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  • Webster's Revised Unabridged Dictionary
    • n Lustring A kind of glossy silk fabric. See Lutestring.
    • ***
Century Dictionary and Cyclopedia
    • n lustring See lustering.
    • n lustring A species or glossy silk fabric: a term more used in the seventeenth and eighteenth centuries than now, and denoting generally plain solid silk, neither figured nor corded, nor having a satin surface.
    • ***
Chambers's Twentieth Century Dictionary
    • n Lustring lus′tring a glossy silk cloth
    • Lustring Also Lus′trine, Lute′string
    • ***


Webster's Revised Unabridged Dictionary
F. lustrine, It. lustrino, fr. lustrare, to polish, L. lustrare,. See 3d Luster, and cf. Lutestring


In literature:

He had retired very late the previous night, and his lack-lustre eyes showed the effect of insufficient sleep.
"The Stillwater Tragedy" by Thomas Bailey Aldrich
His lustre quenches all the rest.
"Cleopatra, Complete" by Georg Ebers
Seven lustres have turned our hair grey, but we still can stand upright.
"Serapis, Complete" by Georg Ebers
Diamond never shone with such lustre in the eyes of Philip.
"The Gilded Age, Part 6." by Mark Twain (Samuel Clemens) and Charles Dudley Warner
Now the lustre had gone from life; the tone of the work was saddened; it foreboded a tragic close.
"The Parisians, Complete" by Edward Bulwer-Lytton
Is there no truth in their movements, no prophecy in their lustre?
"Godolphin, Complete" by Edward Bulwer-Lytton
The Restoration had raised the nobility to such a degree of lustre as made La Baudraye wish to justify his ambitions by having an heir.
"Parisians in the Country" by Honore de Balzac
The cresset-lights took place according to the antiquity and lustre of their families.
"Gargantua and Pantagruel, Book V." by Francois Rabelais
Her dark eyes wandered about the room, and came back to his face again and shone with a new lustre.
"The Christian A Story" by Hall Caine
Her eye burns with the bright lustre of a star, and her step is that of the mistress of a world.
"Zenobia" by William Ware
Even the outward form is impressed with a beam of celestial lustre.
"Imogen" by William Godwin
A new white lustring sacque and petticoat lay on the bed.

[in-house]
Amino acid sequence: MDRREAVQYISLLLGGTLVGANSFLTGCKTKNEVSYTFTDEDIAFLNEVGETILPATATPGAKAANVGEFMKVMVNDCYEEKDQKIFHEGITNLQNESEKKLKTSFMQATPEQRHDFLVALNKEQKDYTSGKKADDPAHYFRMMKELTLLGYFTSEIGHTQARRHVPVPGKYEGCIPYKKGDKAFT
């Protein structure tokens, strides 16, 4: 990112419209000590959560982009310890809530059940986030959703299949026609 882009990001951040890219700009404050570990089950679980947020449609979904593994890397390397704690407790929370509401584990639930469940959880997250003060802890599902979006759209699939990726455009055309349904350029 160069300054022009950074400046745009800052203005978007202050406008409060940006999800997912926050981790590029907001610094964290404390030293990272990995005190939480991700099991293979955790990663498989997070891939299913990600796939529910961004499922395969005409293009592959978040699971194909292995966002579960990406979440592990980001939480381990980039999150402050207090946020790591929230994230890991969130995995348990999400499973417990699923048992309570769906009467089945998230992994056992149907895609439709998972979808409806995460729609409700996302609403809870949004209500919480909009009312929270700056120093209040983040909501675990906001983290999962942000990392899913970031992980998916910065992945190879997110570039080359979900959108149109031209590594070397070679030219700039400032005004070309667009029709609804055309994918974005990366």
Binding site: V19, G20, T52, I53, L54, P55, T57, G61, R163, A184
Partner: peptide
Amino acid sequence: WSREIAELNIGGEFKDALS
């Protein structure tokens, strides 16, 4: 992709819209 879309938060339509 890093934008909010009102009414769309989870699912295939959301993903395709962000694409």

"Beaux and Belles of England" by Mary Robinson
It was the sacredness of a great cause that shed such a lustre on the character of Washington.
"Beacon Lights of History, Volume VIII" by John Lord
GOD'S image loses the divine lustre of its origin with its nap of super-Saxony.
"Punch, or the London Charivari, Volume 1, Complete" by Various
If we could use coal-tar colours and dye in only a warm weak acid bath, not boil, we could get better lustre and finish.
"The Chemistry of Hat Manufacturing" by Watson Smith
With added lustre to my sight unfold; He comes!
"Gustavus Vasa" by W. S. Walker
Sir Thomas' eye brightened with renewed lustre; his whole expression betrayed the ruling passion within him.
"Lady Rosamond's Secret" by Rebecca Agatha Armour
William and Trundle looked at her with lack-lustre eyes.
"James Braithwaite, the Supercargo" by W.H.G. Kingston
He explains the colour as possibly an attempt to represent the pearl's lustre.
"The Evolution of the Dragon" by G. Elliot Smith
Its lustre dates from the twelfth century.
"A Literary History of the English People" by Jean Jules Jusserand

In poetry:

The saints above, more beauteous are
Than Absalom, though wond'rous fair —
They all with radiant lustre shine,
Fram'd in their Saviour's form divine!
"Concerning The New Jerusalem" by Rees Prichard
Another night, and thou among
The spheres of heaven shalt cease to shine,
All rayless in the glittering throng
Whose lustre late was quenched in thine.
"The Waning Moon" by William Cullen Bryant
Though fair her gems of azure hue,
Beneath the dew-drop's weight reclining;
I've seen an eye of lovelier blue,
More sweet through wat'ry lustre shining.
"The Violet" by Sir Walter Scott
For her the lustre of the dawning day,
With all its charms, no longer yields delight;
And silent sorrow marks its parting ray,
And saddens ev'ry vision of the night.
"Lines To The Memory Of An Amiable Youth Of Great Promise" by Sir John Carr